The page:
No U-turn on economic aid, Bernanke insists

The US Federal Reserve stood firm in its commitment to an exceptionally loose monetary policy in the world's largest economy, dismissing concerns yesterday over inflation and promising to hold interest rates at their current zero rate for an extended period.

While other central banks around the world have begun to tighten monetary policy – or at least to signal that they soon may – the latest statement by the Fed's federal open market committee (FOMC) was notable for its adherence to previous guidance.

"Economic conditions, including low rates of resource utilisation, subdued inflation trends, and stable inflation expectations, are likely to warrantexceptionally low levels for the federal funds rate for an extended period," it said. The Fed's decision was accompanied by an unprecedented televised press conference by its chairman, Ben Bernanke. Following in the footsteps of other central bankers, including the heads of the Bank of England and the European Central Bank, Mr Bernanke will take questions from the media after each FOMC decision from now on, in the hope that increased access and transparency will defuse persistent criticism of the Fed.

Loose monetary policy, and the subsequent weakness of the dollar, has turned the Fed into a lightning rod for criticism from the right of the political spectrum, but the FOMC appeared unruffled by commodity price inflation, including the above-$100 price of a barrel of oil and the consequent surge in petrol prices in the US. Its slightly brighter assessment of the economy added no new warnings on inflation, except to note that it had "picked up" since the last meeting in March.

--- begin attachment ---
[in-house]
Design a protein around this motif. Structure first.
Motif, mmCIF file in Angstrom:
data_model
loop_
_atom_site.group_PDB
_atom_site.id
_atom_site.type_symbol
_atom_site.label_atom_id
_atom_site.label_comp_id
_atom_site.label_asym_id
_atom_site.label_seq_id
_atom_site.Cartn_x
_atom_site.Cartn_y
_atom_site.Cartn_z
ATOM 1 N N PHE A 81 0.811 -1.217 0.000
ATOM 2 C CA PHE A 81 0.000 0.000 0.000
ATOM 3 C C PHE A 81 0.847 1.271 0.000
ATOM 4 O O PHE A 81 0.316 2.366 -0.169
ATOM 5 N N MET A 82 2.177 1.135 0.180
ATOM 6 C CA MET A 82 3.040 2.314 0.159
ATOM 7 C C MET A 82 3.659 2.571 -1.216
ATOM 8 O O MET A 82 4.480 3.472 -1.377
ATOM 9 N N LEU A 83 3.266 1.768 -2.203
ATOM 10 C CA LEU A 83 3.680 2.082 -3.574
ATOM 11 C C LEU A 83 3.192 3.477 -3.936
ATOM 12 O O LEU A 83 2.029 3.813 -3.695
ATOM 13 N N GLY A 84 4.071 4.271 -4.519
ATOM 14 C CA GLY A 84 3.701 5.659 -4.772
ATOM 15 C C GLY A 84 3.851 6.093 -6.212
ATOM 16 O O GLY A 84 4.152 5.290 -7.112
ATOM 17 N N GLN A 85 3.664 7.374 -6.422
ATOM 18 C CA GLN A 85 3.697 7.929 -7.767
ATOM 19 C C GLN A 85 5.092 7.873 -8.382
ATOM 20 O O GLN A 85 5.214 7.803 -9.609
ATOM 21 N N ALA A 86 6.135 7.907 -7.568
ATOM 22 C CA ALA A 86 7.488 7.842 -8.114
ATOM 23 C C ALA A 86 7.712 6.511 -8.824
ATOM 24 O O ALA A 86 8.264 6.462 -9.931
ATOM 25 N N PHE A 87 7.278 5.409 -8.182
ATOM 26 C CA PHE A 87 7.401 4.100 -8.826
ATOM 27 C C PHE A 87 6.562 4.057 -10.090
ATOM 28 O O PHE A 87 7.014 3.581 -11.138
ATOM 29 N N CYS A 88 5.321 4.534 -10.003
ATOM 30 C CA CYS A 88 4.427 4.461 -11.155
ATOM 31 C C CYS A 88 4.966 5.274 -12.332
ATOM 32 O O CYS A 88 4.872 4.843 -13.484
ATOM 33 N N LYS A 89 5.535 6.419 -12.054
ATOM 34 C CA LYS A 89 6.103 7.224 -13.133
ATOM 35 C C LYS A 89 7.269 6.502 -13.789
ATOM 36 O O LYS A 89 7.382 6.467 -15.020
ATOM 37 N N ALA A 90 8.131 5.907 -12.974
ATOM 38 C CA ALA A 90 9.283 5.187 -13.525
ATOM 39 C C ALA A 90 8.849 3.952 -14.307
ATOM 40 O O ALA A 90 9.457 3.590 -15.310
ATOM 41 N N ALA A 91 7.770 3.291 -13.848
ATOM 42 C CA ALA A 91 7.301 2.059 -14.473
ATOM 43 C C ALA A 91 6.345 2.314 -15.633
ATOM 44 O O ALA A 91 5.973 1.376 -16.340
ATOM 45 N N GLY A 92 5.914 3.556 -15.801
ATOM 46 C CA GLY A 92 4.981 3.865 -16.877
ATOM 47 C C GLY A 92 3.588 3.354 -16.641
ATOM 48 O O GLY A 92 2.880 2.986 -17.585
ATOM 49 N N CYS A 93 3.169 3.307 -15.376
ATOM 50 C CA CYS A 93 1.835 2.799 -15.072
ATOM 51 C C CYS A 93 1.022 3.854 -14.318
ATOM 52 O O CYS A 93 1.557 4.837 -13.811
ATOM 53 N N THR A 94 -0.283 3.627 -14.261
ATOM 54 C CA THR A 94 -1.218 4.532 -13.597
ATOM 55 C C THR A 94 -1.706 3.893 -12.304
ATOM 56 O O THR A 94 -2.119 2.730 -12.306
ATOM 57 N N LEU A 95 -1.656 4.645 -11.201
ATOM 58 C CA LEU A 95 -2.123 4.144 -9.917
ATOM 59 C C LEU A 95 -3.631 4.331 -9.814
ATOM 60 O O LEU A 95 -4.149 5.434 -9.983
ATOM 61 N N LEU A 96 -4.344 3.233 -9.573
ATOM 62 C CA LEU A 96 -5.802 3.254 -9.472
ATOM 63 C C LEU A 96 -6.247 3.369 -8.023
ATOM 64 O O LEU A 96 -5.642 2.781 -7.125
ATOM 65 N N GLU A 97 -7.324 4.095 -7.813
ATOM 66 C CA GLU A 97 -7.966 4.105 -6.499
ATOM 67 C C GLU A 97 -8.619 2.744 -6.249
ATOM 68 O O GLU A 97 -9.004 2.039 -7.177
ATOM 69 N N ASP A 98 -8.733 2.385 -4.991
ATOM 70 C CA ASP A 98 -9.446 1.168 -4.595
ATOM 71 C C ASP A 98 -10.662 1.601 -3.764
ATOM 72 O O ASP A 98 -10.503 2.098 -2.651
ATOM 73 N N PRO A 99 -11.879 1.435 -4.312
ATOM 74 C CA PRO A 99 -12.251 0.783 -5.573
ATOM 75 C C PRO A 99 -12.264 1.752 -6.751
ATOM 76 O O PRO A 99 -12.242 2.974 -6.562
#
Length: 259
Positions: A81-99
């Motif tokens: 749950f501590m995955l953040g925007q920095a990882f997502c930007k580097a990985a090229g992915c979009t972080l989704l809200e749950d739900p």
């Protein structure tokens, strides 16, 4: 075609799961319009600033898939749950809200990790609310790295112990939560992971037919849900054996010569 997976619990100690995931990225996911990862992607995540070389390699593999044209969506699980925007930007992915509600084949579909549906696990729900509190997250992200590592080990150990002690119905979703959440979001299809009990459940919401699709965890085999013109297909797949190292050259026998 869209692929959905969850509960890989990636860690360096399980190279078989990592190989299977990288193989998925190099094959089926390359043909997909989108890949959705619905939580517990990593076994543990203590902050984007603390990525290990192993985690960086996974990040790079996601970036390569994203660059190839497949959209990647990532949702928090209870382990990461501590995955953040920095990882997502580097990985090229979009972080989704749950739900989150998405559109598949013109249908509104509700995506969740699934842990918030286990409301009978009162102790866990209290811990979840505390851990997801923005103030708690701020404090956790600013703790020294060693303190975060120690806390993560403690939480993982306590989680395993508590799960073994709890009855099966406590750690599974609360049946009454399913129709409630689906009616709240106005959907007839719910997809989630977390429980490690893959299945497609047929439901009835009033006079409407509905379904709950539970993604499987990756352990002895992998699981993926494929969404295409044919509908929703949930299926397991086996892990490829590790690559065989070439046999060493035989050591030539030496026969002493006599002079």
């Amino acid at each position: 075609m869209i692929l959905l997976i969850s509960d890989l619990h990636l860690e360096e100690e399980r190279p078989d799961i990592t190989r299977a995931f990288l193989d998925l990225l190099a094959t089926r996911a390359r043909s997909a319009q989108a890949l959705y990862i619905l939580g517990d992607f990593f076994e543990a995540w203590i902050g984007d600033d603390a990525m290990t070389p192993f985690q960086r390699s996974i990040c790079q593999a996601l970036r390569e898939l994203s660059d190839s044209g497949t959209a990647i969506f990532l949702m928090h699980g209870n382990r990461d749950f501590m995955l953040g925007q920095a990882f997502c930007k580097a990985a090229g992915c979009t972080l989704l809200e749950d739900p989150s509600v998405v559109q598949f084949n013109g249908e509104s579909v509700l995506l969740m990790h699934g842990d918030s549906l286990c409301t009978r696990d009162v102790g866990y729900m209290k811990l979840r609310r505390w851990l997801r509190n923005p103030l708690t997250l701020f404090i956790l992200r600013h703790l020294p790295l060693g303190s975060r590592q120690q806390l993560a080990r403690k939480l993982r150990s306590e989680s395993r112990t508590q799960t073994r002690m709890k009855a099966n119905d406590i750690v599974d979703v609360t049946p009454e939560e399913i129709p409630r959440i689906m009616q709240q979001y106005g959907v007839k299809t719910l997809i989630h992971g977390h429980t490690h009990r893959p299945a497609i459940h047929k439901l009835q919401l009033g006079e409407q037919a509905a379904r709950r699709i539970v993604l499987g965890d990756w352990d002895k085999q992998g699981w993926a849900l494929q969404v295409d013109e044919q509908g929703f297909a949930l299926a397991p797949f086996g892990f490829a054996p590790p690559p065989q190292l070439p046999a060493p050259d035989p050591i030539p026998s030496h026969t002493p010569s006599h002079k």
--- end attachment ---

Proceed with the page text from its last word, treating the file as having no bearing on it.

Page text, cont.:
"The economic recovery is proceeding at a moderate pace and overall conditions in the labour market are improving gradually" it said.

The Dow Jones Industrial Average spiked higher in the moments after the statement was released, as traders scaled back their expectations for tighter monetary policy later this year. The Fed will finish its programme of quantitative easing – the purchase of $600bn of US Treasuries – by the end of June, but stuck by its promise to keep replacing the bonds when they expire.

The Fed deliberated monetary policy against a backdrop of the continuing high unemployment rate, which was 8.8 per cent last month, and weakening economic growth. GDP figures for the first quarter will be released this morning and are expected to have fallen to around 2 per cent, from anannualised rate of 3.1 per cent in the final three months of 2010.

The last piece of economic datareleased before the GDP number was information on durable goods orders for March, a key gauge of business investment. New orders for manufactured goods meant to last at least three years increased 2.5 per cent, in line with expectations. The figure was even better because the Commerce department revised the figure for February from a decline to an increase of 0.7 per cent.

Start your day with The Independent, sign up for daily news emails
ebooksAn unforgettable anthology of contemporary reportage
Latest stories from i100
Have you tried new the Independent Digital Edition apps?
Independent Dating

By clicking 'Search' you
are agreeing to our
Terms of Use.

iJobs Job Widget